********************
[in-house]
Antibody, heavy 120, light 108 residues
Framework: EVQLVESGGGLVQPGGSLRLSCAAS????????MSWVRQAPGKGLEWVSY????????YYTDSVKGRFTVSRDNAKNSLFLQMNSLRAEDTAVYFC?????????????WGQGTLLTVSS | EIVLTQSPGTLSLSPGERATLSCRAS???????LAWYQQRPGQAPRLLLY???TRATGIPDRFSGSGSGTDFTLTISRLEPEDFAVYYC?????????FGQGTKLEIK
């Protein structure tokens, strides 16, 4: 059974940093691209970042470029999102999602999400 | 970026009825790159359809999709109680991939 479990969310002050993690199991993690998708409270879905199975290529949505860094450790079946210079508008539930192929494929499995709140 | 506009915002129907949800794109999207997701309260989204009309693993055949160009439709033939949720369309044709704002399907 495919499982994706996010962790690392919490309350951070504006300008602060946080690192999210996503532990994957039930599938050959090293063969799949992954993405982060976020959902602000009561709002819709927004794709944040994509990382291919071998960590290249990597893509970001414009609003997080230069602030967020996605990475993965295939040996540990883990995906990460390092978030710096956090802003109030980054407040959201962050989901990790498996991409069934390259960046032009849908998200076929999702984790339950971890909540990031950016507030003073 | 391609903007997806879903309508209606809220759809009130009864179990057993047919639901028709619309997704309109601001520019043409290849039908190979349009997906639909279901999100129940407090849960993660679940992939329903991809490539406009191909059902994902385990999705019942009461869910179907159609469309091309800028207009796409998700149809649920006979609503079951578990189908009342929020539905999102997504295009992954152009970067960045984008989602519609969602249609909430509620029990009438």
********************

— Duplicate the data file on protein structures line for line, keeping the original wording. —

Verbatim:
[in-house]
Antibody, heavy 120, light 108 residues
Framework: EVQLVESGGGLVQPGGSLRLSCAAS????????MSWVRQAPGKGLEWVSY????????YYTDSVKGRFTVSRDNAKNSLFLQMNSLRAEDTAVYFC?????????????WGQGTLLTVSS | EIVLTQSPGTLSLSPGERATLSCRAS???????LAWYQQRPGQAPRLLLY???TRATGIPDRFSGSGSGTDFTLTISRLEPEDFAVYYC?????????FGQGTKLEIK
């Protein structure tokens, strides 16, 4: 059974940093691209970042470029999102999602999400 | 970026009825790159359809999709109680991939 479990969310002050993690199991993690998708409270879905199975290529949505860094450790079946210079508008539930192929494929499995709140 | 506009915002129907949800794109999207997701309260989204009309693993055949160009439709033939949720369309044709704002399907 495919499982994706996010962790690392919490309350951070504006300008602060946080690192999210996503532990994957039930599938050959090293063969799949992954993405982060976020959902602000009561709002819709927004794709944040994509990382291919071998960590290249990597893509970001414009609003997080230069602030967020996605990475993965295939040996540990883990995906990460390092978030710096956090802003109030980054407040959201962050989901990790498996991409069934390259960046032009849908998200076929999702984790339950971890909540990031950016507030003073 | 391609903007997806879903309508209606809220759809009130009864179990057993047919639901028709619309997704309109601001520019043409290849039908190979349009997906639909279901999100129940407090849960993660679940992939329903991809490539406009191909059902994902385990999705019942009461869910179907159609469309091309800028207009796409998700149809649920006979609503079951578990189908009342929020539905999102997504295009992954152009970067960045984008989602519609969602249609909430509620029990009438």